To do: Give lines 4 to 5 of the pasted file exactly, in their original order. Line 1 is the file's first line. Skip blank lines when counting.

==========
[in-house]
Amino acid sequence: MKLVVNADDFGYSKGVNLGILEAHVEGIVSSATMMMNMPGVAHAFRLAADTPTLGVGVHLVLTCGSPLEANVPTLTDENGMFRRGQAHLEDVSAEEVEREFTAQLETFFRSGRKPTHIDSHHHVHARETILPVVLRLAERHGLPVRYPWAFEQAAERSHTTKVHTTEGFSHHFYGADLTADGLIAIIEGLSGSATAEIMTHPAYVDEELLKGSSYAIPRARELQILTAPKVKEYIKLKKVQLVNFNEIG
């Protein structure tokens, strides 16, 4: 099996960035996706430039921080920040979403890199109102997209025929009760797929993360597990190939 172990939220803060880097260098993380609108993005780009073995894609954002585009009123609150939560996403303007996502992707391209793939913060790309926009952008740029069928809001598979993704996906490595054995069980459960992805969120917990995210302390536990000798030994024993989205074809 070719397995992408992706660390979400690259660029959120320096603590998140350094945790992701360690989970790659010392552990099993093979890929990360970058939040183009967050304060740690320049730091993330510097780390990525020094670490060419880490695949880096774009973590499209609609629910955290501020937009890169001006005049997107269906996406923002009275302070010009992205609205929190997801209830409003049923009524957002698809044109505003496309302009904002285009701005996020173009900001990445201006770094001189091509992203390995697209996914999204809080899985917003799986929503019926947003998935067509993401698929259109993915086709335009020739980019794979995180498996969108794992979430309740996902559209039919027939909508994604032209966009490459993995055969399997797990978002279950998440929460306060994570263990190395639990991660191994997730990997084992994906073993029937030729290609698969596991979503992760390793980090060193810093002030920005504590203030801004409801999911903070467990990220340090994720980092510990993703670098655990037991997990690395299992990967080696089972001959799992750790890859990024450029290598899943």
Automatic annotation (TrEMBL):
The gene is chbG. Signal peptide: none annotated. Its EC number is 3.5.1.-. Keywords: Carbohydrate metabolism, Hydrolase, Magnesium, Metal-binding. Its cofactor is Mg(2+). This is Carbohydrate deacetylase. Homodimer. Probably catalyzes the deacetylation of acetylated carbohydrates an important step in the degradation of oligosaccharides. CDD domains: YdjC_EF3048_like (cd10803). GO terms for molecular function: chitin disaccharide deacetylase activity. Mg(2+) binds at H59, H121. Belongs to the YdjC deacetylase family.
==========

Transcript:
Automatic annotation (TrEMBL):
The gene is chbG. Signal peptide: none annotated. Its EC number is 3.5.1.-. Keywords: Carbohydrate metabolism, Hydrolase, Magnesium, Metal-binding. Its cofactor is Mg(2+). This is Carbohydrate deacetylase. Homodimer. Probably catalyzes the deacetylation of acetylated carbohydrates an important step in the degradation of oligosaccharides. CDD domains: YdjC_EF3048_like (cd10803). GO terms for molecular function: chitin disaccharide deacetylase activity. Mg(2+) binds at H59, H121. Belongs to the YdjC deacetylase family.